Earlier in the year, I entered a week’s worth of online contests that the outdoor gear store, REI sponsored. Each day they posted a new photo and asked contestants to write a caption for it. They awarded daily prizes to winners—winter coats, snowboards, and other gear. On one of the days, instead of a photo caption, they asked for a winter haiku.
As it happened, I had a winter haiku rattling around in my head. It came to me one evening as we hiked home on the trail. One of the first winter snowfalls had begun the usual melt and freeze cycle. The trackway of a moose that had followed the trail a few days before turned from sharp hoof prints to pie plate sized, indistinct hollows in the snow. It inspired the following bit of doggerel:
Big Foot haunts these snows
Not the legendary beast—
A moose, going home
“What the heck?” I thought, and entered it in the contest.
I won! For those brief stanzas, they awarded me a pair of MSR Lightning Axis snowshoes!
REI told me that MSR would contact me months ago, but apparently they sent the wrong contact information. That’s all straightened out now. In doing so, I also had an opportunity to find out how I’d won—I never really heard which of the five entries had earned me the snowshoes.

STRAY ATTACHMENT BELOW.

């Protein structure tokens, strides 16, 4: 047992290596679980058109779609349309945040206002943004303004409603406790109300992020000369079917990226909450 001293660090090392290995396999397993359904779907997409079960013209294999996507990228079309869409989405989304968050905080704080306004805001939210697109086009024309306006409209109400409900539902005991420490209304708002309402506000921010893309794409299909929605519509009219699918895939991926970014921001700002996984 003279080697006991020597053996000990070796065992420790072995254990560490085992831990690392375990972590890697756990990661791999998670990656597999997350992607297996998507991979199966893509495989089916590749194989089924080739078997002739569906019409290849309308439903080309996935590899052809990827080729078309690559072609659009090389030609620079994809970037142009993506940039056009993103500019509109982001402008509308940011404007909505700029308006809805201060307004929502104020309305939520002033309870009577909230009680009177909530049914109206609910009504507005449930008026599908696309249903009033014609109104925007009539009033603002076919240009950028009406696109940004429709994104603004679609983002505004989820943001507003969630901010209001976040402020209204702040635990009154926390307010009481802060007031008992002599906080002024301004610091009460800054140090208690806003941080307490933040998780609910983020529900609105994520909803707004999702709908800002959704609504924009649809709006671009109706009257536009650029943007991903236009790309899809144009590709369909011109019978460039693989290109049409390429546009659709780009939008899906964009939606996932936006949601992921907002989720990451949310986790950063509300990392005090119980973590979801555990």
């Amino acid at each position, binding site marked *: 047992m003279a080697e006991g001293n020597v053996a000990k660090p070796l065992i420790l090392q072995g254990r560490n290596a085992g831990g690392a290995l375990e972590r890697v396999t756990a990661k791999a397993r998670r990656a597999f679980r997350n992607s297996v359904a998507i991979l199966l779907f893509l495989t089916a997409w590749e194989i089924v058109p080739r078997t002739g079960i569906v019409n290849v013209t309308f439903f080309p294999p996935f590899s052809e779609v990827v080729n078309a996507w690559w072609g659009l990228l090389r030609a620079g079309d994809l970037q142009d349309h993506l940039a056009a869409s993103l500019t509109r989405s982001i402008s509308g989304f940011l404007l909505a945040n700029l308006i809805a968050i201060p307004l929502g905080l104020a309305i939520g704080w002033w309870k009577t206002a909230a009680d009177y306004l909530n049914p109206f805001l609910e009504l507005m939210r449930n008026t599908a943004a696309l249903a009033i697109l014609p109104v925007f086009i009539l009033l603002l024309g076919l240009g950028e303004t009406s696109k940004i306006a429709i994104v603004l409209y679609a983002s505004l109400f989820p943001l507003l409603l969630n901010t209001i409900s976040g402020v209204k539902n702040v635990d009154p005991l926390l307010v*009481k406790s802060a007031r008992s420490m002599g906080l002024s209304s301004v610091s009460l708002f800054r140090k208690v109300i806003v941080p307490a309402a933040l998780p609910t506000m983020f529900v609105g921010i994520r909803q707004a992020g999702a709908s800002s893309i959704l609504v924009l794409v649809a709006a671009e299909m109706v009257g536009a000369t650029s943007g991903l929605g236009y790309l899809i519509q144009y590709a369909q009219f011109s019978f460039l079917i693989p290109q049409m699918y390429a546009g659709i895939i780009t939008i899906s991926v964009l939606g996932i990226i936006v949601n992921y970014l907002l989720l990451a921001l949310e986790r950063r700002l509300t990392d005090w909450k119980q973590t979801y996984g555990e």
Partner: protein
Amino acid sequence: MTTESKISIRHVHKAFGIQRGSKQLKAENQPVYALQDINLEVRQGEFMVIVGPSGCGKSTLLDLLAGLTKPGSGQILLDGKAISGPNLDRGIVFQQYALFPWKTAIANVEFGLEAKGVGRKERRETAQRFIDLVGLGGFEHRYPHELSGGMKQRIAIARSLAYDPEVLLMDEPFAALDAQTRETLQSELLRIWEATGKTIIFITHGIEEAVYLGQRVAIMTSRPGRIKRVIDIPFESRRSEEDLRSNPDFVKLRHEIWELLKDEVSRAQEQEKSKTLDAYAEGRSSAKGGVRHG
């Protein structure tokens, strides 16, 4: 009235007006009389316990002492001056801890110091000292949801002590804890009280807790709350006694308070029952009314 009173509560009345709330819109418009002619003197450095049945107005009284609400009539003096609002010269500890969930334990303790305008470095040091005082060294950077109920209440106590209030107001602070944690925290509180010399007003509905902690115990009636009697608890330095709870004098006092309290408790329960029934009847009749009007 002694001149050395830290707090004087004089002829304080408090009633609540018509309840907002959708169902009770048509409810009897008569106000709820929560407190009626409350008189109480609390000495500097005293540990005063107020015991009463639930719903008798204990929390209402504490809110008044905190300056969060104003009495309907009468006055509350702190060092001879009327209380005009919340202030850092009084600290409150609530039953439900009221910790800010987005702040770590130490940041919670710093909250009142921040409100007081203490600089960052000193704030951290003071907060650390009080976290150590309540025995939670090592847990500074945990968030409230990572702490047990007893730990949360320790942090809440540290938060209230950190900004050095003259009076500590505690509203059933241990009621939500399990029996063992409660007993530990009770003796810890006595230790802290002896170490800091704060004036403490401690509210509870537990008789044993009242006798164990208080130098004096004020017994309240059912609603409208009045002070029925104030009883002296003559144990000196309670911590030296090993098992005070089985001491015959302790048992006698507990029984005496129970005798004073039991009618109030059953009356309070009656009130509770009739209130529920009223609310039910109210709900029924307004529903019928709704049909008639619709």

It’s kind of sad that I should receive these snowshoes in April, after winter has passed. There’s little likelihood of a snowshoeing snowfall coming. But then, at our elevation we haven’t seen any real snowshoeing conditions at all. I may have to go up into the mountains to try them out this year.
Submitting a winning haiku is far more gratifying than a successful photo caption. Funny that, as I work at selling my book of short stories, a simple haiku should become my most commercially successful writing to date. Those high tech snowshoes sell for around $240 so, in effect, that haiku has netted me more than Shy Ghosts Dancing has to date.
The snowshoes arrived Tuesday, and they’re really nice. I’m anxious to try them out.